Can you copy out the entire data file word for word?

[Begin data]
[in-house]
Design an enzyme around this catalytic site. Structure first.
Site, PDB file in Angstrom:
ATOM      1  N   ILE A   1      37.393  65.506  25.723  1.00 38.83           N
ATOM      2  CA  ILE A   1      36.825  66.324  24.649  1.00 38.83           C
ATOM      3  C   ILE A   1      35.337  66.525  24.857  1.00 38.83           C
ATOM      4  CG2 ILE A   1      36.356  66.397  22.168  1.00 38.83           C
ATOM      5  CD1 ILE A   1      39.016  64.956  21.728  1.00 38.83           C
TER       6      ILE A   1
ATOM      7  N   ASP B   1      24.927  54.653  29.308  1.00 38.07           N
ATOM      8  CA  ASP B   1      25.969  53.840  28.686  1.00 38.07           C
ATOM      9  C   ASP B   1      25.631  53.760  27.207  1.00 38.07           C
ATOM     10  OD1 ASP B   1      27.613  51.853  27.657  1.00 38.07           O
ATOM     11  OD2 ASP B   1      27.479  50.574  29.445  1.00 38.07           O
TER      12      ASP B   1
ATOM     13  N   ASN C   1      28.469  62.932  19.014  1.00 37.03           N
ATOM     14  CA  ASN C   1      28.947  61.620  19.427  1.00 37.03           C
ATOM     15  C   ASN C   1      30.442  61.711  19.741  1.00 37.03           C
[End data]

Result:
[in-house]
Design an enzyme around this catalytic site. Structure first.
Site, PDB file in Angstrom:
ATOM      1  N   ILE A   1      37.393  65.506  25.723  1.00 38.83           N
ATOM      2  CA  ILE A   1      36.825  66.324  24.649  1.00 38.83           C
ATOM      3  C   ILE A   1      35.337  66.525  24.857  1.00 38.83           C
ATOM      4  CG2 ILE A   1      36.356  66.397  22.168  1.00 38.83           C
ATOM      5  CD1 ILE A   1      39.016  64.956  21.728  1.00 38.83           C
TER       6      ILE A   1
ATOM      7  N   ASP B   1      24.927  54.653  29.308  1.00 38.07           N
ATOM      8  CA  ASP B   1      25.969  53.840  28.686  1.00 38.07           C
ATOM      9  C   ASP B   1      25.631  53.760  27.207  1.00 38.07           C
ATOM     10  OD1 ASP B   1      27.613  51.853  27.657  1.00 38.07           O
ATOM     11  OD2 ASP B   1      27.479  50.574  29.445  1.00 38.07           O
TER      12      ASP B   1
ATOM     13  N   ASN C   1      28.469  62.932  19.014  1.00 37.03           N
ATOM     14  CA  ASN C   1      28.947  61.620  19.427  1.00 37.03           C
ATOM     15  C   ASN C   1      30.442  61.711  19.741  1.00 37.03           C